In 2015, Atlantic Magazine called her “The California Democrat setting the National Agenda” due to her practical, progressive legislation meant to help her constituents.
State Senator María Elena Durazo, representative of California’s 24th State Senate District
In 1993 while serving as president of the Hotel Employees and Restaurant Employees Union (HERE), state Sen. María Elena Durazo led workers in civil disobedience protests against a hotel in Los Angeles, which led to her arrest along with other workers. Durazo went on to serve as the Executive Vice President of UNITE HERE, an international labor union of approximately 300,000 U.S. and Canadian workers from 2004 to 2018, before winning her bid for California State Senator. She became the first woman Secretary-Treasurer of the Los Angeles County Federation of Labor (AFL-CIO) in 2006, and during her tenure pushed through a minimum wage law that requires Los Angeles hotels to pay workers at least $15.37 an hour.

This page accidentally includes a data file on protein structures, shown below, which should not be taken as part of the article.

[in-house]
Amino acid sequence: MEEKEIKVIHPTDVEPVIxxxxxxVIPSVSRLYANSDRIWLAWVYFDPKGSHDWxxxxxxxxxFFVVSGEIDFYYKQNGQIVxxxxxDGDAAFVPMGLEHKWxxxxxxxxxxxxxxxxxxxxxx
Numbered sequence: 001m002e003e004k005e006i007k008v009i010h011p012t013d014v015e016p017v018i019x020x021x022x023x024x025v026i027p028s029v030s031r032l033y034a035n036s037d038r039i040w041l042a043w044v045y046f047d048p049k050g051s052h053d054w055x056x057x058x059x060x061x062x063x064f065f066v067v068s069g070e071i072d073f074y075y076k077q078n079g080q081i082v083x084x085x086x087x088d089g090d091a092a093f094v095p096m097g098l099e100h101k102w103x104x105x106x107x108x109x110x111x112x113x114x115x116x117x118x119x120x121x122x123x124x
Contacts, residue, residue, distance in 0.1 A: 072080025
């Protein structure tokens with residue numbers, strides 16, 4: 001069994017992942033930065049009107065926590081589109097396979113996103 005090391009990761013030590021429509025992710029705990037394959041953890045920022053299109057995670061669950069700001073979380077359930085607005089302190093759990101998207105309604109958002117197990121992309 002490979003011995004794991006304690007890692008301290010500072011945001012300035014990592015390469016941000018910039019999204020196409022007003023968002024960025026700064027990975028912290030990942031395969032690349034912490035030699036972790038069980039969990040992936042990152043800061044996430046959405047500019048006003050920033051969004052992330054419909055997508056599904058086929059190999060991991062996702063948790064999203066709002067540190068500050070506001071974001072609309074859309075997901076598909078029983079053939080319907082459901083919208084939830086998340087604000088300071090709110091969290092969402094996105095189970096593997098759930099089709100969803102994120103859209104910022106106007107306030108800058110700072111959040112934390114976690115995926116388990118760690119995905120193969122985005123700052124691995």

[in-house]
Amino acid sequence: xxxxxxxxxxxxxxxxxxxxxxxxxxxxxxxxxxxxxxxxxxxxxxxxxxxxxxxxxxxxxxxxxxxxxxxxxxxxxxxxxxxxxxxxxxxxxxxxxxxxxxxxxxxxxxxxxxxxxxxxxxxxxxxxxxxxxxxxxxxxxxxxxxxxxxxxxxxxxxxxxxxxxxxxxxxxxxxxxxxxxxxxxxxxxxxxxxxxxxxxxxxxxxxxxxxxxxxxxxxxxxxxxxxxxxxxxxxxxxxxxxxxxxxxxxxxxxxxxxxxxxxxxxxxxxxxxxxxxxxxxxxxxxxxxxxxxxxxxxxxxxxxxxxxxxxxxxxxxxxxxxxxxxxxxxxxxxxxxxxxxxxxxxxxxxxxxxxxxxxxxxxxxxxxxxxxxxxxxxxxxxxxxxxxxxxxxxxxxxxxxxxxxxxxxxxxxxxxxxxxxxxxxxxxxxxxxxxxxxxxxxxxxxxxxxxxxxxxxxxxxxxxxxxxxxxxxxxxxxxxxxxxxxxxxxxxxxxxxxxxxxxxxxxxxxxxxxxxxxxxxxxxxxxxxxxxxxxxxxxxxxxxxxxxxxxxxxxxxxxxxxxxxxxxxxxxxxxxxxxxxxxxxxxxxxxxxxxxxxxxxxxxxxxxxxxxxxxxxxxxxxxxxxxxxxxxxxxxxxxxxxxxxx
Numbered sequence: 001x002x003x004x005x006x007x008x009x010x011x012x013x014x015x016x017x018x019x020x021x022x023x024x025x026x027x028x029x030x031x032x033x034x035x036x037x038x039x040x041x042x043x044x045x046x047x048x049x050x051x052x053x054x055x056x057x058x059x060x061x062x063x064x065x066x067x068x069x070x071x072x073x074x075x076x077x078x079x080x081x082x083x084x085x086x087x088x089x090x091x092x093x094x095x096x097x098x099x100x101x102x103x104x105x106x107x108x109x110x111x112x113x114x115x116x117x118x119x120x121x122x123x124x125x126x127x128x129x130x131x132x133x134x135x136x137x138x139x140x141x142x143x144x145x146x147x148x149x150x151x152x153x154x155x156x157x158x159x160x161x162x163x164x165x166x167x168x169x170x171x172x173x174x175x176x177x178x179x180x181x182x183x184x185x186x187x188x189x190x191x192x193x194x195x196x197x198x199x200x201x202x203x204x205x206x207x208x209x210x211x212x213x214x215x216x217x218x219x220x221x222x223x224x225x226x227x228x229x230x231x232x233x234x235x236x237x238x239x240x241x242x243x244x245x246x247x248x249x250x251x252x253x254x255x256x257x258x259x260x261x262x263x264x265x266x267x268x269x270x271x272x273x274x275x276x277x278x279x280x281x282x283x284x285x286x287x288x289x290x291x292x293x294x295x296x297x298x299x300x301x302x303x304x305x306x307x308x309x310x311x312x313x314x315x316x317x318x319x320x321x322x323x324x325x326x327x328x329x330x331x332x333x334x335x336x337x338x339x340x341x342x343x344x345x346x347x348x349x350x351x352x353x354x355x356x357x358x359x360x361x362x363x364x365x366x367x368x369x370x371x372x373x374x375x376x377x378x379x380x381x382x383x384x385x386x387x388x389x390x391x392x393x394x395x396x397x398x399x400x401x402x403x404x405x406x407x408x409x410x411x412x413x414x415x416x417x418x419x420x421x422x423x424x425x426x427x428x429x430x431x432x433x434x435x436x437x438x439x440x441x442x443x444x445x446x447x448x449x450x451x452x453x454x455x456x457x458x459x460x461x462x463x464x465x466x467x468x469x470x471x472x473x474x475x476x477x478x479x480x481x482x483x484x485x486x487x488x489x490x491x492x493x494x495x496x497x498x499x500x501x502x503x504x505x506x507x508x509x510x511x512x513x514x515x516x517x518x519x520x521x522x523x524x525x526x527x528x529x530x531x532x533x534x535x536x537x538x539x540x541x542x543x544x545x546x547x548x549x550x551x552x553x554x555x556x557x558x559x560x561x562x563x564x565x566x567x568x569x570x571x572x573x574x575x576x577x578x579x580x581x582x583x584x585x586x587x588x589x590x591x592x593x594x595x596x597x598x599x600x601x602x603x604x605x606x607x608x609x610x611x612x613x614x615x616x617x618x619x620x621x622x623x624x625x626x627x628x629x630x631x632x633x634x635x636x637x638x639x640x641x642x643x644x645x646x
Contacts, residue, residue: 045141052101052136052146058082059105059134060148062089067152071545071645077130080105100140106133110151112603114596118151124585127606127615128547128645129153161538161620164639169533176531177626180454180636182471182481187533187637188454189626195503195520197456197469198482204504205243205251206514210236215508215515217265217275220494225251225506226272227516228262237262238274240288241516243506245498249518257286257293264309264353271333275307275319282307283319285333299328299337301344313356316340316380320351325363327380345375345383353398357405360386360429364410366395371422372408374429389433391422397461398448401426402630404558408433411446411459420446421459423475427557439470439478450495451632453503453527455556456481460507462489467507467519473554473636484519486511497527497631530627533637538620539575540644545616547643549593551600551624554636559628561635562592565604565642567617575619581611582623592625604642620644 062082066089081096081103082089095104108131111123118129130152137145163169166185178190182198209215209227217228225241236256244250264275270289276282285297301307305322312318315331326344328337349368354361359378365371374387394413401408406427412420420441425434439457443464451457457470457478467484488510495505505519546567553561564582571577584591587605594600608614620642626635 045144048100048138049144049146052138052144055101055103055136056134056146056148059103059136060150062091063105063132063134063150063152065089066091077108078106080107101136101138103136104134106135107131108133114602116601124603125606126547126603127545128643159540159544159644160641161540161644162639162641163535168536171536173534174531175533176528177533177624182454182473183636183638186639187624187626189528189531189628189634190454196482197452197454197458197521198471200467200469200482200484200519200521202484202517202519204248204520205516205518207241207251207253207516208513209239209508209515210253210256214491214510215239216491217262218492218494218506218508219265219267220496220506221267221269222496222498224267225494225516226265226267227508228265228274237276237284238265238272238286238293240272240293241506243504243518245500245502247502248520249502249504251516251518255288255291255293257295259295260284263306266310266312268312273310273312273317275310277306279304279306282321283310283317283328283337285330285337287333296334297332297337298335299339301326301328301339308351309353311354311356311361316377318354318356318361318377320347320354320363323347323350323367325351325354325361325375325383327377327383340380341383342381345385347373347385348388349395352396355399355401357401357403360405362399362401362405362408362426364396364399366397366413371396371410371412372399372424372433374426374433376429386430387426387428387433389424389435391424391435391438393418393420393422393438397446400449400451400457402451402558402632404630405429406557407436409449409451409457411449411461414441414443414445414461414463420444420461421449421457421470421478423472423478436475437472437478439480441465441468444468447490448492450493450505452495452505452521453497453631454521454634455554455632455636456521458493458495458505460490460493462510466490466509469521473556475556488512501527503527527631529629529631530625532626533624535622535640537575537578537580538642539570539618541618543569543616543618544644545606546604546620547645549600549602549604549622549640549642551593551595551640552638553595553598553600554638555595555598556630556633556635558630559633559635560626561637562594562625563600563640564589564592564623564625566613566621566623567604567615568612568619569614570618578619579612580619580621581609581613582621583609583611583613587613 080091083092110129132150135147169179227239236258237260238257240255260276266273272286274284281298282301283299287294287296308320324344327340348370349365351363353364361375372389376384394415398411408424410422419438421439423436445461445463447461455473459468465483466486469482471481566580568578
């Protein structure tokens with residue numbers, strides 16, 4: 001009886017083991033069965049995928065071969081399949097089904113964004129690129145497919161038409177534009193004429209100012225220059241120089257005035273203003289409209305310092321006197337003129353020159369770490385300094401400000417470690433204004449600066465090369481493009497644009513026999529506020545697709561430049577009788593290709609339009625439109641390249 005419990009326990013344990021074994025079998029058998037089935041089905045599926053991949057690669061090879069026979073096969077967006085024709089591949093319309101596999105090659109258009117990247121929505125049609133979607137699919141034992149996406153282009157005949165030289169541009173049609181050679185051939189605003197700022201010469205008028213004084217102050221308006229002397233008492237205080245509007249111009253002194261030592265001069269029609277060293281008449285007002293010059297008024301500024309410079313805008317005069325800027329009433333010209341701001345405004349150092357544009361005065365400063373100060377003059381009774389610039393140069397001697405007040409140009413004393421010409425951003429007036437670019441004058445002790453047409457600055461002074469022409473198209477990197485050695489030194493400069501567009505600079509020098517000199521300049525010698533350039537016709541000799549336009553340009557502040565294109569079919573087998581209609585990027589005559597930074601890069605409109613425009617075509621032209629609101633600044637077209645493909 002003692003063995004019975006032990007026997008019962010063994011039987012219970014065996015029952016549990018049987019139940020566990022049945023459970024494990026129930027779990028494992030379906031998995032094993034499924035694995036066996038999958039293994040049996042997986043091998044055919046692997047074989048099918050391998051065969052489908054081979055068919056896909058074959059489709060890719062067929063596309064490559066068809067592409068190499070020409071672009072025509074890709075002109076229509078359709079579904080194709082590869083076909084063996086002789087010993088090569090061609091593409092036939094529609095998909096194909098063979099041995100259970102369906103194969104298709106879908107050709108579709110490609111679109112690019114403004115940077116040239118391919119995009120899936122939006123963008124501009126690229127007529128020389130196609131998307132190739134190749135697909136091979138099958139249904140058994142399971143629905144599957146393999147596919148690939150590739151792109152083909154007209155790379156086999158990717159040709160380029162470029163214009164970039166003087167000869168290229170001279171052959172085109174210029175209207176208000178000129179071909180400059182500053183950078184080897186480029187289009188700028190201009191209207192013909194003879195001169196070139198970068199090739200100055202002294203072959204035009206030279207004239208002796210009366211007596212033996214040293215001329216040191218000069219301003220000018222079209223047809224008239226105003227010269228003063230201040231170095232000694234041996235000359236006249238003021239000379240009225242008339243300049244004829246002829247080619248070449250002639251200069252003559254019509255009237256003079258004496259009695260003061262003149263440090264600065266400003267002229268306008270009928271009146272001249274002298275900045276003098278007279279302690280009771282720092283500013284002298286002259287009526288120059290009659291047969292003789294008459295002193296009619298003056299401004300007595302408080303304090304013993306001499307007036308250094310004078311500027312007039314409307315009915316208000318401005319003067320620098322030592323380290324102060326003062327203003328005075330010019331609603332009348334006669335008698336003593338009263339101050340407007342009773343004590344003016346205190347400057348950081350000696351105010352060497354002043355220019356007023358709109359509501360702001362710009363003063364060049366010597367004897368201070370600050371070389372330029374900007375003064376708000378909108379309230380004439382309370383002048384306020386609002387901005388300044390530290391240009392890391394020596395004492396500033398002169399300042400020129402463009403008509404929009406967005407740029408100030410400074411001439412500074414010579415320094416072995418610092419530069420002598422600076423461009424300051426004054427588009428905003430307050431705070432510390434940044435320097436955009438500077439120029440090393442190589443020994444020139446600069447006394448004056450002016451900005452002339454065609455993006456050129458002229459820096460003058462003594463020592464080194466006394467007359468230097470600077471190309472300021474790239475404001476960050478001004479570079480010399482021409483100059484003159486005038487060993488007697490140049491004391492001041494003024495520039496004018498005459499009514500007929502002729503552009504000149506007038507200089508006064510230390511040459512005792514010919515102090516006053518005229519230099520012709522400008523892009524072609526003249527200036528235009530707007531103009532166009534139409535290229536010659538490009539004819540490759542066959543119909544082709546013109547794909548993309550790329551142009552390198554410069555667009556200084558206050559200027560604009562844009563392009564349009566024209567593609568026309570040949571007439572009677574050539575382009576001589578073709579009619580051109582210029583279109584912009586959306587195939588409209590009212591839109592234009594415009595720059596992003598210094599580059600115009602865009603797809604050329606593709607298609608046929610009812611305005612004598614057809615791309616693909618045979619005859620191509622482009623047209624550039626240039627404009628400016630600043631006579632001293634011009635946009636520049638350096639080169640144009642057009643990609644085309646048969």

In 2010, Durazo was named the third most influential non-elected California official by Capitol Weekly, and was also dubbed as the Most Valuable Local Labor Leader by The Nation magazine’s 2014 Progressive Honor Roll.
Since becoming a State Senator in 2018, Durazo has authored legislation that essentially made any data which pertains to job wages, working conditions, or hiring practices from private companies with state and local contracts in California public and holds private industry employers accountable for providing good-paying jobs and good working conditions to employees.
Durazo also authored a bill, in 2019, which extends the California DREAM Loan Program to University of California and California State University graduate students, aiding undocumented students with a lack of financial support to be able to enroll in graduate degree program at a public university. More recently, state Sen. Durazo introduced a bill to create the California Homeless Taxing Credit which aims to create access to good jobs and living wages for homeless individuals.